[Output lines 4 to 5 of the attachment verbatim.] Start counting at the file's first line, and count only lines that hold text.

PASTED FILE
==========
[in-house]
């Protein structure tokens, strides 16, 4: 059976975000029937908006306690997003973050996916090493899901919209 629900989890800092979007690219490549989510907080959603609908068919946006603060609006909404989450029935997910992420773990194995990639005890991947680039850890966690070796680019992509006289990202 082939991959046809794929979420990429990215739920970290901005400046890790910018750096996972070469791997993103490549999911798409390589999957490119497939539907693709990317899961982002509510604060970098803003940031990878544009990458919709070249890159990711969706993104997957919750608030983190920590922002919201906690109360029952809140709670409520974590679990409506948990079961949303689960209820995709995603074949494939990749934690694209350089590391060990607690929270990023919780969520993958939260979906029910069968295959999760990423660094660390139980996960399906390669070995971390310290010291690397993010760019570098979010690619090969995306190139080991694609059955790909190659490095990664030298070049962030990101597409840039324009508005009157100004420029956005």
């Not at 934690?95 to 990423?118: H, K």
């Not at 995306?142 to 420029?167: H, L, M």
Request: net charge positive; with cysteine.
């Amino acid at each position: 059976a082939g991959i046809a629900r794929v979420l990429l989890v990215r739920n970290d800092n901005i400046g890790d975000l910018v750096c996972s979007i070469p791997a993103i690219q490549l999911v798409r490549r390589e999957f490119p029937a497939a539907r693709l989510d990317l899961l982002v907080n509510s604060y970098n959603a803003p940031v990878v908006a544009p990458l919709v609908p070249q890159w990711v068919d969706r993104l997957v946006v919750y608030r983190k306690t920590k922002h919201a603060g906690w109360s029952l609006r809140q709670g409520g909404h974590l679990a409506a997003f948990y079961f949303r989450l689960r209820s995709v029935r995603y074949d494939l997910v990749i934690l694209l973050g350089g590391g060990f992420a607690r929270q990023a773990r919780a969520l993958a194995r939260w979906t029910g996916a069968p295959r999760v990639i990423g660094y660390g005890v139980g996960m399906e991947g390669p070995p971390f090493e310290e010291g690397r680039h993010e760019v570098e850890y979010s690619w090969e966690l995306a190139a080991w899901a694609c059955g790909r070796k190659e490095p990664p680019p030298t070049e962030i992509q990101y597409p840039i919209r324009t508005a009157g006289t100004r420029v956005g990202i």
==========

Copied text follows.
């Not at 995306?142 to 420029?167: H, L, M």
Request: net charge positive; with cysteine.